David Einhorn Slams SEC, Says Its Culture Of "Lawlessness" That Allowed Allied Capital's Fraud Cannot Continue

First David Einhorn gets invited to Congress to teach lawmakers how to deal with the Lehman problem of fraudulent reporting (which it is certain was not confined to Lehman), and now the Greenlight founder slams the SEC for its crooked culture and lack of enforcement that allowed the Allied "wrongdoing" to persist for years. As was reported earlier by the Washington Post, the SEC's inspector general found that the agency had failed to properly investigate allegations of wrongdoing at the financial firm. Now Reuters reports that Einhorn is demanding Mary Schapiro release the full version of the Allied report. After the shame associated with the Madoff affair, we wonder just how much abuse can the SEC take before it is finally disbanded for being the most worthless regulator ever to grace capital markets.

Allied harmed investors even more because the SEC failed to act, Einhorn said on Tuesday. Now he wants the agency, which has faced sharp criticism for having missed the Madoff Ponzi scheme and other investment frauds, to show the public everything it has on the Allied case.

"We call upon the SEC to immediately release the non-redacted version of the report," Einhorn said. "The government-sanctioned culture of lawlessness that allowed this fraud to occur cannot continue."

Einhorn, who runs New York-based Greenlight Capital, started to bet against Allied Capital in 2002 by selling the company's shares short after saying that he thought the company was overvaluing its holdings.

SEC spokesman John Nester said, "We agree with each of the report's recommendations, have already implemented several of them and expect to complete the process in June."

The battle between Allied and Einhorn became intensely personal when the company acknowledged three years ago that it may have obtained Einhorn's phone records.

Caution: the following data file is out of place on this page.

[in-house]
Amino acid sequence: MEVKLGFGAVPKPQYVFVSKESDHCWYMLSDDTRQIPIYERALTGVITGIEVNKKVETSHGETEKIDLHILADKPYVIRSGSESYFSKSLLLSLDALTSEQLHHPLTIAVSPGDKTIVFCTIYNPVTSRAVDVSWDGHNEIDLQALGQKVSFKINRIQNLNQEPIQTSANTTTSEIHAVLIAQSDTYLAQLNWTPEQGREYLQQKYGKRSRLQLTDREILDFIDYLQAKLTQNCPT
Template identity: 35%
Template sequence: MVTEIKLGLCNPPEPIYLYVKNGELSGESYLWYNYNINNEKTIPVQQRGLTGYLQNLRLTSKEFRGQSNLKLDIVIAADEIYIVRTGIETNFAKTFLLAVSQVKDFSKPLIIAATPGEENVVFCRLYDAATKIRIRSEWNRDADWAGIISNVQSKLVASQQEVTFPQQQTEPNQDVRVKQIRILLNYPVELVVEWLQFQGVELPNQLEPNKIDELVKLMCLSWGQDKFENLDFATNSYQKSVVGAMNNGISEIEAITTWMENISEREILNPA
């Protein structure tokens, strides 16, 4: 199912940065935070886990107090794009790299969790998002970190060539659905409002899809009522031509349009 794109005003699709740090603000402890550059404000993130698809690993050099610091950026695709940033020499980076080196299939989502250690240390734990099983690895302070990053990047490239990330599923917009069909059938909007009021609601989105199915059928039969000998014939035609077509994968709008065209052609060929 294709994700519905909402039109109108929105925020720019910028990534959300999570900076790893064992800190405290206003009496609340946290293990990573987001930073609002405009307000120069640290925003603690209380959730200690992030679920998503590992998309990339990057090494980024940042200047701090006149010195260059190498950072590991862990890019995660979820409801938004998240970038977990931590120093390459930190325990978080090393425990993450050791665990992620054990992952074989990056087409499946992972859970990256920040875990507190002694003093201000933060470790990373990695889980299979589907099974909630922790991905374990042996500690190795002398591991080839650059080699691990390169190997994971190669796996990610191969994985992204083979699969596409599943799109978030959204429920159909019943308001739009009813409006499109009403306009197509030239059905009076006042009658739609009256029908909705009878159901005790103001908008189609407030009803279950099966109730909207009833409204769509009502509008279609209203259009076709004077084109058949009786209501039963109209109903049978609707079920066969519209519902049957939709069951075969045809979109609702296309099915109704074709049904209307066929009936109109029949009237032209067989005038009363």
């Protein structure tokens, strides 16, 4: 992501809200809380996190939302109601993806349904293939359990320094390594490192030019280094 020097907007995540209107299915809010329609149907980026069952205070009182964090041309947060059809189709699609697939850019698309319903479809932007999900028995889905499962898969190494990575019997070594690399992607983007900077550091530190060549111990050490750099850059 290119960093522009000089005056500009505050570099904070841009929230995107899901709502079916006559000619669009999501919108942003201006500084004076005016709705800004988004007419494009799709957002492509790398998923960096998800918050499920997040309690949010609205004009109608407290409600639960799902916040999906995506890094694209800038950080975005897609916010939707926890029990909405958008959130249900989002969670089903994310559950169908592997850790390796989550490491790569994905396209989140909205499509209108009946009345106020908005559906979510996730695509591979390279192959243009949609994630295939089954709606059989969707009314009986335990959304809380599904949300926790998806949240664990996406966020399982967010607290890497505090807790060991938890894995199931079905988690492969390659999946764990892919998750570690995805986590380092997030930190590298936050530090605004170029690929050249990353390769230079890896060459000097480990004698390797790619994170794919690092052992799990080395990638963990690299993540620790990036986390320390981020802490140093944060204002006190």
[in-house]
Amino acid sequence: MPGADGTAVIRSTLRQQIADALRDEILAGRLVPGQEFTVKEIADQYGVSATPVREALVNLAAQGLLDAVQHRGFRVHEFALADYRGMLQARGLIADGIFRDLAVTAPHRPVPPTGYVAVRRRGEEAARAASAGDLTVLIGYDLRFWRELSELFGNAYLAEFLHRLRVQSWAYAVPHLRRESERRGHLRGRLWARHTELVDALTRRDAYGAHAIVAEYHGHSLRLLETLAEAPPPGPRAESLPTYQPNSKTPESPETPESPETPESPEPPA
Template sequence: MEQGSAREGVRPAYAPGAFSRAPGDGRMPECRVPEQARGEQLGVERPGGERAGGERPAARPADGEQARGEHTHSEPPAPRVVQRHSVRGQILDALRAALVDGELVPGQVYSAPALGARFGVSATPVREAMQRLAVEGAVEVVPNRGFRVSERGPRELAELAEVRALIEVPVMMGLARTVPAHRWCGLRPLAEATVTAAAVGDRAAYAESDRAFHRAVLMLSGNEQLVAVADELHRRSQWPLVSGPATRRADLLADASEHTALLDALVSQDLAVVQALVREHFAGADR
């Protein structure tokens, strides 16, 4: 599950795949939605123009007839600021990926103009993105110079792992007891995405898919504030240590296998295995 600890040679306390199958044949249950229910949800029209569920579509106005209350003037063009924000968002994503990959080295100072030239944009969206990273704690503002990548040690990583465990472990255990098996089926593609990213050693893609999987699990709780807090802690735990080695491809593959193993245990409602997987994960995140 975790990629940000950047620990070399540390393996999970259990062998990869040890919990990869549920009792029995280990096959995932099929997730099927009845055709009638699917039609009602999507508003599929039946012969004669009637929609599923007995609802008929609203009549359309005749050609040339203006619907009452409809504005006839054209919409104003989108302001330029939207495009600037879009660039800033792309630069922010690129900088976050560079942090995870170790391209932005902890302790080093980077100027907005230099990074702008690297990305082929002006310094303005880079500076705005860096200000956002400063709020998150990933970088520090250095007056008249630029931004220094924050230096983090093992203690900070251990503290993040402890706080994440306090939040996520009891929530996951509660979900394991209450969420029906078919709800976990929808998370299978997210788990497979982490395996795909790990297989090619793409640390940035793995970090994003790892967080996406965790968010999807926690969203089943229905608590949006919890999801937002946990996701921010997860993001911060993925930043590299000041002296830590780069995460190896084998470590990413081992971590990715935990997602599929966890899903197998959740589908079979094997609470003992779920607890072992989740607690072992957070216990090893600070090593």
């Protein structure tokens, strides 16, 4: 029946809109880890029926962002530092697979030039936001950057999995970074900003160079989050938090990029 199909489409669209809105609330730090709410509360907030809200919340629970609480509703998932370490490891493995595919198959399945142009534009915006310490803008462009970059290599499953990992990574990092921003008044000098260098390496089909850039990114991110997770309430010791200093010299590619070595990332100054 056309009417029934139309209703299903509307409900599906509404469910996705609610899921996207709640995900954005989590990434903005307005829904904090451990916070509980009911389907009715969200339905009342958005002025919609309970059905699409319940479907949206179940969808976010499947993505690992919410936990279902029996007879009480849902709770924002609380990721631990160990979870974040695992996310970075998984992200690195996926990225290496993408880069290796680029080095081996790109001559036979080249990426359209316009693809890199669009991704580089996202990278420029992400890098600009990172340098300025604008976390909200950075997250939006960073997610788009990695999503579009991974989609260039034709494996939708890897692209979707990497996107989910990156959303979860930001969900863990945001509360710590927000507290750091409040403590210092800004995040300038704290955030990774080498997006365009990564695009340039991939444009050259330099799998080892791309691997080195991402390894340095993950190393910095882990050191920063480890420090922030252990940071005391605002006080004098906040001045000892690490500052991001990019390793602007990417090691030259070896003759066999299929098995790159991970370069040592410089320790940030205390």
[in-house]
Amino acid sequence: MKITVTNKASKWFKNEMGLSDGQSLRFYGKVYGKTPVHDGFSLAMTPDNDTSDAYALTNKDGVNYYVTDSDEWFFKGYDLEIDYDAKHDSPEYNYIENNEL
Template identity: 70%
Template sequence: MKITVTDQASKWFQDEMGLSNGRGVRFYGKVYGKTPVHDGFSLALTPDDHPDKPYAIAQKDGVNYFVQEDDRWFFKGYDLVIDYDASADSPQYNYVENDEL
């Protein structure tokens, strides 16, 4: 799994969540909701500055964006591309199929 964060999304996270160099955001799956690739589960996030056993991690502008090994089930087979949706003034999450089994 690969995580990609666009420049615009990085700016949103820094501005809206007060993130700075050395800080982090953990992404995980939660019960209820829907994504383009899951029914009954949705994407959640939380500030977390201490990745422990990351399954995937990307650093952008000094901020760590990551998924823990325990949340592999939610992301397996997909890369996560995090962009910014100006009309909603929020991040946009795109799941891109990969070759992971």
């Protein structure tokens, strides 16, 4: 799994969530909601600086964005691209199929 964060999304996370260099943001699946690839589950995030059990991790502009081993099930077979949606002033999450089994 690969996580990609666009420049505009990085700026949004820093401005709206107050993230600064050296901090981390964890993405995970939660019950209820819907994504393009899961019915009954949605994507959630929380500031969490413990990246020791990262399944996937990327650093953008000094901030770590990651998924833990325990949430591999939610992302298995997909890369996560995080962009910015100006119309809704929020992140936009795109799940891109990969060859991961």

Einhorn said that someone impersonating his wife and using her Social Security number had directed the phone company to send copies of his home phone to an online account.

A few years from now, comparable reports will be made, investigating wrongdoing and fraud at the very top echelons of our financial world, likely implicating none other than the Federal Reserve itself, once the current most recent version of the bubble implodes and there is nobody left to bail us out. In the meantime, we can simply take solace that those who called the fraud during the recent credit bubble are finally being taken seriously. As for Einhorn's claims that Allied was going through his phone records, well that is just the price on must pay when going against the grain of manipulation and fraud, and exposing the criminals for what they are. And in the meantime, the SEC has just been relegated from being a merely incompetent agency looking at tranny porn all day, into a criminal one, expanding into the not so ripe field of child pornography.